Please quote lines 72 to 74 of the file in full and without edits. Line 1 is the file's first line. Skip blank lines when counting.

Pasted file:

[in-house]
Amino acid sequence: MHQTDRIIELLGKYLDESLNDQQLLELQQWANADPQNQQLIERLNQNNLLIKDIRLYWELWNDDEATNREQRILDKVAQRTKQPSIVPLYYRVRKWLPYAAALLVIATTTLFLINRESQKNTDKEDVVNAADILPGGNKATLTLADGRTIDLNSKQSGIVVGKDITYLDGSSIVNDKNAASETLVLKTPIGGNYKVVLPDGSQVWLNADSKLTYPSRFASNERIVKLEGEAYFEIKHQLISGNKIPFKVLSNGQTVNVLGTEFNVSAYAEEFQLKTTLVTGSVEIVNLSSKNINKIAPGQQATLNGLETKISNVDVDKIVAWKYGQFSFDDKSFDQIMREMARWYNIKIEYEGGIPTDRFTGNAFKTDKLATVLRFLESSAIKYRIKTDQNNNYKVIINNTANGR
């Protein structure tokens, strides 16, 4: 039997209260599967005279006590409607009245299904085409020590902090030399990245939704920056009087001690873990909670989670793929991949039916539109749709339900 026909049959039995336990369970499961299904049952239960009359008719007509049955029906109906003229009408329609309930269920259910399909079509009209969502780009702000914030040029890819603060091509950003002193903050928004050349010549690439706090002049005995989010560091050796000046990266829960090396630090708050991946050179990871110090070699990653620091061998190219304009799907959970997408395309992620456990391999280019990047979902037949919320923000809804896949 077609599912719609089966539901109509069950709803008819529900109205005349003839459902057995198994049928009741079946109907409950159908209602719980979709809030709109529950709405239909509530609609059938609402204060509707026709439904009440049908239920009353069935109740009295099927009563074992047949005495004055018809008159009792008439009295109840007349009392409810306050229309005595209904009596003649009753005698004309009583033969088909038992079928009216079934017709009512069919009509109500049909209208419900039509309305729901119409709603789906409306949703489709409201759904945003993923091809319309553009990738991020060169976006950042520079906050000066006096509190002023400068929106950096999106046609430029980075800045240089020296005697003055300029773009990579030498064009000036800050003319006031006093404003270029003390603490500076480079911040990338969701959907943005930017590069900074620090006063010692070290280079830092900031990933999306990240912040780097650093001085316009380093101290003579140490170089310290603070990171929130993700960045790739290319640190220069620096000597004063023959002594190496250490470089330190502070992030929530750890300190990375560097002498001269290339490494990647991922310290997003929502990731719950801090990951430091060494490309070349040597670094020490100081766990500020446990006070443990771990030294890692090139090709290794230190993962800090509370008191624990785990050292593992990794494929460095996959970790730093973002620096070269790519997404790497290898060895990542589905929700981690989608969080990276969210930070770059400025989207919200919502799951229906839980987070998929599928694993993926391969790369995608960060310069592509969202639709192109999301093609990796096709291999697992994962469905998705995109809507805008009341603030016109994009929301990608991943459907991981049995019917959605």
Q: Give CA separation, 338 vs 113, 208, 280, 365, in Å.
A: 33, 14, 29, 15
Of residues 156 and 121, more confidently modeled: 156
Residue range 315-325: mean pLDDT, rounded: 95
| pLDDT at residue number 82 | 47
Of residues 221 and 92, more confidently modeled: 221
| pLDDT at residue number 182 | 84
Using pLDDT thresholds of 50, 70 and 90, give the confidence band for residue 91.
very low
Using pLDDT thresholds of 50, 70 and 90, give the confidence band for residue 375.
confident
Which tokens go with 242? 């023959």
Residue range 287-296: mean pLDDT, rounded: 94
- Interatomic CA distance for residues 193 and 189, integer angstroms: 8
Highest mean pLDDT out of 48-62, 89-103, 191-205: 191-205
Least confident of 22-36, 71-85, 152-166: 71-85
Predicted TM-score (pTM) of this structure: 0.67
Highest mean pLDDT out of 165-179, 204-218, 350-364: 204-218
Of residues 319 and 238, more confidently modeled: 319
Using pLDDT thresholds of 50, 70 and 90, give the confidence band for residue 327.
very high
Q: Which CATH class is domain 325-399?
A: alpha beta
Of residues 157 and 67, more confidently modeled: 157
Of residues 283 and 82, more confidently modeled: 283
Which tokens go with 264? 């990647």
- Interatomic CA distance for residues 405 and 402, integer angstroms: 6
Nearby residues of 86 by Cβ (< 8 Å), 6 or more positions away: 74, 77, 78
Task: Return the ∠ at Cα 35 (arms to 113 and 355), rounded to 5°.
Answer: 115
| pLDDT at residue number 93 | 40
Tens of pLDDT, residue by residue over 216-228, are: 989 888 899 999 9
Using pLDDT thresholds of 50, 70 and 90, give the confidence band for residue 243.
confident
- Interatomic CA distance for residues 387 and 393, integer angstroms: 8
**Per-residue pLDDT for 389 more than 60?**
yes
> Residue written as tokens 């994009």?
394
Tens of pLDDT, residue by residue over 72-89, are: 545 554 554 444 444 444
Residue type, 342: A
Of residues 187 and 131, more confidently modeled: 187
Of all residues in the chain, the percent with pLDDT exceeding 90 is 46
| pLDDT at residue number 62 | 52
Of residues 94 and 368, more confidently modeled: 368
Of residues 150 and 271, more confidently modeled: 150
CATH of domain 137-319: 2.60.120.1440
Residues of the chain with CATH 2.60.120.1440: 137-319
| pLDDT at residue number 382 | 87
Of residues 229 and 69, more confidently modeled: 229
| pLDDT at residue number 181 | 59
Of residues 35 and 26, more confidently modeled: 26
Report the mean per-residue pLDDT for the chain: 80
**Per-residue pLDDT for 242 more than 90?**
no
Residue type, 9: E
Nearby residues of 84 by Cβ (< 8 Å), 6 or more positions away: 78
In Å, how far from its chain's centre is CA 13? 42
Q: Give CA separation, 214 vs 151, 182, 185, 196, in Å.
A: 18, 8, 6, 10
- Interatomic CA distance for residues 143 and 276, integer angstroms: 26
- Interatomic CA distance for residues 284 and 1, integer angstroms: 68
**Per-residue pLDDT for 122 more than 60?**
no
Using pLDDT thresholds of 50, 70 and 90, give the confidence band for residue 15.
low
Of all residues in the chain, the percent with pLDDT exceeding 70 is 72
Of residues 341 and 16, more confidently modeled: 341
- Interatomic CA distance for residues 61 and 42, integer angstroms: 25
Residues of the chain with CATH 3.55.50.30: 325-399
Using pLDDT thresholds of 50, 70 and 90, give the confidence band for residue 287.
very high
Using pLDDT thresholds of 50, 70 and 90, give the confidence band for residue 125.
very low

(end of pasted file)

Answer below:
- Interatomic CA distance for residues 61 and 42, integer angstroms: 25
Residues of the chain with CATH 3.55.50.30: 325-399
Using pLDDT thresholds of 50, 70 and 90, give the confidence band for residue 287.